Since starring on the first season of MTV's 'Real World,' former Vibe magazine writer Kevin Powell has had two unsuccessful runs for New York's 10th Congressional District seat. Powell remains undeterred and has plans to run a third time in 2010.
Meanwhile, 'Apprentice' winner and Rhodes Scholar Dr. Randal Pinkett is rumored to be on incumbent New Jersey Governor Jon Corzine's short list for Lieutenant Governor. Pinkett, an MIT and Rutgers University graduate, would be the first African American to run statewide as a major-party candidate in the history of New Jersey.
Now, two very different reality television stars --(l-r) Landon Dais and Kwame Smalls --are vying for New York City Council seats.
New York native Landon Dais joined the cast of BET's 'Harlem Heights' to further his political aspirations. The son of a political activist, Dais says would have run for New York City Council District 9 in Harlem regardless of whether he was on TV.
"I was very weary of joining the reality show," Dais confided. "In today's society, television executives believe the only way to get high ratings is through drama and enhancing the negative about people."
The Morehouse College graduate says his desire to be a positive role model and to "influence one kid to go to college" led to his decision to join the cast of 'Harlem Heights.' And though some Harlemites initially questioned his motives for running for office, "once they saw me walking the streets of Harlem at all times of the night, talking to the youth, they realized I was a legitimate candidate who really cared about the people of Harlem," he chuckles.
For Dais, becoming a quasi-celebrity has helped him win recognition in the community. Though he is second in the polls, he still believes going door to door and meeting people in his community has given him a real shot at winning.
"The young people gravitate towards me, and the older people in the community I Love New Yorksee that I am the only viable candidate who can get the young people to care about the political process. This has caused a lot of older people to support my efforts."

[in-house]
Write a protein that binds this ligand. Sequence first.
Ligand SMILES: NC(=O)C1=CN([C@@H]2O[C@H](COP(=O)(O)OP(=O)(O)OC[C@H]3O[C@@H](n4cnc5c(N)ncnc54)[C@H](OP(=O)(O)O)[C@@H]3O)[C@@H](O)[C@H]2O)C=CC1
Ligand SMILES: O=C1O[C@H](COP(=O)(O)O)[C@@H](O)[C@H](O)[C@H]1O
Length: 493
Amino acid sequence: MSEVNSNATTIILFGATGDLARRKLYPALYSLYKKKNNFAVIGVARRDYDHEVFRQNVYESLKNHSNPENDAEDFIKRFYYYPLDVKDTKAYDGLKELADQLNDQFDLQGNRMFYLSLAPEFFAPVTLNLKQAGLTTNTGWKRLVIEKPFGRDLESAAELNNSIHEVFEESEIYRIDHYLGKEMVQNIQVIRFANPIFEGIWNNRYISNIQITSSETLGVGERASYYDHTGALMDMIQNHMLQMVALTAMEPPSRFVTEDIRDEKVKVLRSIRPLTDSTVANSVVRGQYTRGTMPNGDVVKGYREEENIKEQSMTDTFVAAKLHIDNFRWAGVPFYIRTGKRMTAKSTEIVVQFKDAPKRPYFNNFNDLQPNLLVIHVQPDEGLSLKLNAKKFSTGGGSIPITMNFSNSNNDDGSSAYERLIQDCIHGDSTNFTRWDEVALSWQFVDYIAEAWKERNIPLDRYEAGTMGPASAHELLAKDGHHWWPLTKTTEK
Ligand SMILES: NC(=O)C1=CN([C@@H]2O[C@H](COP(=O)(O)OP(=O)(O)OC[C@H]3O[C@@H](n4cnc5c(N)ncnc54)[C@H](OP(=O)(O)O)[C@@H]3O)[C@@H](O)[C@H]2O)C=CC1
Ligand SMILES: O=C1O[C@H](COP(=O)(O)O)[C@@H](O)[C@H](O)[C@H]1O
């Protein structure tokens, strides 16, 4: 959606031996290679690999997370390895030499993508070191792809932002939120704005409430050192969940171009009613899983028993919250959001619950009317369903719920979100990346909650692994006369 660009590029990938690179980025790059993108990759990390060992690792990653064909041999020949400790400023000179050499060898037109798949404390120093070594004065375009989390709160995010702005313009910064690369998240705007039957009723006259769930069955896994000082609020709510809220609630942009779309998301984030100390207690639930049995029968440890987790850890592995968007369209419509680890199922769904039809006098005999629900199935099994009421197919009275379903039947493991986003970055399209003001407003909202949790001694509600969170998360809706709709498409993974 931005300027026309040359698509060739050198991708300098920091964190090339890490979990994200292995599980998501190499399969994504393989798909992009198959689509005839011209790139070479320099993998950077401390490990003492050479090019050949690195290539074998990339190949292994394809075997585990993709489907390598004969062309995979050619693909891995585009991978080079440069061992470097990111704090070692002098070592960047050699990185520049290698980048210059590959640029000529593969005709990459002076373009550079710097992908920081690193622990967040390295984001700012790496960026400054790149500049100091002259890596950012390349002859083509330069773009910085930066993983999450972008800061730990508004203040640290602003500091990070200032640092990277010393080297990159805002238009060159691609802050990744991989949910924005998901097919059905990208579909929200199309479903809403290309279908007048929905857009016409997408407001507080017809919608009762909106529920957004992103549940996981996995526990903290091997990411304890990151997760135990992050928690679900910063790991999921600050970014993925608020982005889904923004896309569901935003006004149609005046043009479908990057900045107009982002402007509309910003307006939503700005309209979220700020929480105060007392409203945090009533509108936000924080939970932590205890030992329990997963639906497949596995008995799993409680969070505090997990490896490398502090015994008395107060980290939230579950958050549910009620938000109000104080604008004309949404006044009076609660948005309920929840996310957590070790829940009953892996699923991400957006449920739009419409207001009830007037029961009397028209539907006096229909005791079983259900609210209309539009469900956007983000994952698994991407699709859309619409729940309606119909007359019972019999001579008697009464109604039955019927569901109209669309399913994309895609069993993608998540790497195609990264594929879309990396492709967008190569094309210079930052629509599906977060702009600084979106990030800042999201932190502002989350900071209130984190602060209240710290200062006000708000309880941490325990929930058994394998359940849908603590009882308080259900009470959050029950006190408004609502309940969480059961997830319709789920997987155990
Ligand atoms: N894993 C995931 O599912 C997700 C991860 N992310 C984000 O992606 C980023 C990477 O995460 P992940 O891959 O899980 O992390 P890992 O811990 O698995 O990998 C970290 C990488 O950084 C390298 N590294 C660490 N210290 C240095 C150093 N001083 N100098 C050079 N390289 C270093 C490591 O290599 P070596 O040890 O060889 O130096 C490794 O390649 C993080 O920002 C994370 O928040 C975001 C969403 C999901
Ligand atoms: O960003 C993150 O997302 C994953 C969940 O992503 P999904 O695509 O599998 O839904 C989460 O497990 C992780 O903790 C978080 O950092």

And then, there is Smalls.
This 'I Love New York 2' contestant is running for a New York City Council seat. Given his on-air persona, he's had a tougher time getting the people to take him seriously.
"People may not take me seriously, [but it is] also good because people don't see me as a threat," he told BV Newswire this week. When probed about his educational background, the jovial contender offered: "Let's just say, like Kanye West, I'm a college dropout. I learned that I didn't have to have a political education to run for city council."
In fact, his decision to run for office came after the reunion special for 'I Love Money 2,' another VH1 reality show, in which Smalls (also known as "It") was reunited with his 'I Love New York 2' competition, George 'Tailor Made' Weisgerber.
Weisgerber, who won Miss New York's love on the show, is now Smalls' campaign manager. The two have spent the last several weeks canvassing the district for signatures to get on the ballot.
"Yes, I'm a beautiful speaker. I'm an actor," Smalls explained. "I study the techniques of Malcolm X, following his speeches, and I love it!"
Although Smalls thinks he can win, Omarosa Manigault-Stallworth -- a former White House staffer and 'Apprentice' star -- has some disappointing news: "You need a ton of money and a political mastermind [to win an election], and reality television stars don't have access to capital."
Dais agrees, but if these reality stars can prove the naysayers wrong what a story that will make, or perhaps provide fodder for another reality television show on life after winning
Manigault-Stallworth, who has appeared in over 20 reality television shows, continues to work in politics however; the 'Bitch Switch' author works as a fundraiser and believes her television persona has worked to her advantage, helping her become a "much more effective political operative."
Yet, Donald Trump's most famous reality TV protege will admit that running for, and winning, a political office is difficult. "I have not seen it done well, quite frankly," she added. "Being famous does not always translate into being an effective politician."
Her advice? "They need to hire me to be their campaign manager," she recommended. "I'm the missing key to their success."
The Democratic primary election for New York City Council takes place Sept. 15 for both Dais and Smalls.
Interested parties can find out more about Dais' campaign at www.LandonDais.com. Smalls, on the other hand, wishes for his supporters to check out his YouTube video.